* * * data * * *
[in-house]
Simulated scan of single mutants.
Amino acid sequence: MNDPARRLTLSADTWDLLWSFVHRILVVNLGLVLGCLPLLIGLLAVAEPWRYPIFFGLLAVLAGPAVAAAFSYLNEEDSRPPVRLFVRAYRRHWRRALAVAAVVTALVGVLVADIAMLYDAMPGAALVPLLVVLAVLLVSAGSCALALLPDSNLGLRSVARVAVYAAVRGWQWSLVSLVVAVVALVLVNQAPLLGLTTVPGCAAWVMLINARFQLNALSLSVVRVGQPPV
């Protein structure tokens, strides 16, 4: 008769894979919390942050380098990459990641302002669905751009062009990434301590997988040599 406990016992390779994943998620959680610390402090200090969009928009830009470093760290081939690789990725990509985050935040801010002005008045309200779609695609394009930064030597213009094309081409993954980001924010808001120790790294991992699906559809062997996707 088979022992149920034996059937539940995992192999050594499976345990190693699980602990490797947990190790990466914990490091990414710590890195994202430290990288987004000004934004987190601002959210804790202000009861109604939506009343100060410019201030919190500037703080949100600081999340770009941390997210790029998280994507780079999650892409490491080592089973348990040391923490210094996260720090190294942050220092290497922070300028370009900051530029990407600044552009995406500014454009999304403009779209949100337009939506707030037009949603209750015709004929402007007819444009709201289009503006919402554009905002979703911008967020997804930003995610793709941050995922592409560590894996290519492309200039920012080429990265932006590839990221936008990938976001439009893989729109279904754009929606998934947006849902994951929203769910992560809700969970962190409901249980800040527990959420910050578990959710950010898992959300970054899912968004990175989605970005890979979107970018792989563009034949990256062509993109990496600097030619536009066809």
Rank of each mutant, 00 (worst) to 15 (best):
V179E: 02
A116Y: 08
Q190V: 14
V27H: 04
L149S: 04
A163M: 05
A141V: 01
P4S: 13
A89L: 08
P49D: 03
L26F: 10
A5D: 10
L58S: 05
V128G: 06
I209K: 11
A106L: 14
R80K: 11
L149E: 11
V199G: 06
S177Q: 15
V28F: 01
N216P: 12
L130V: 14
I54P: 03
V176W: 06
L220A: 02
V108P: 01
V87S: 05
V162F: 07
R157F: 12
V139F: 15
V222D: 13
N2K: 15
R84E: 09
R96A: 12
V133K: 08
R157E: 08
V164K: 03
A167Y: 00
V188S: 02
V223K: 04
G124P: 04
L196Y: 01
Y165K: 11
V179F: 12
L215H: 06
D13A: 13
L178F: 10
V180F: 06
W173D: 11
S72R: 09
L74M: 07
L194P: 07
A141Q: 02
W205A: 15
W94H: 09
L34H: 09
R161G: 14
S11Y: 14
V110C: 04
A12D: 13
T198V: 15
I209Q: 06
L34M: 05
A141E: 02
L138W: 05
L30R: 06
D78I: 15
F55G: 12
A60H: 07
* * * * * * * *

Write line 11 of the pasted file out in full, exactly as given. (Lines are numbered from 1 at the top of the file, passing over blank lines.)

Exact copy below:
A163M: 05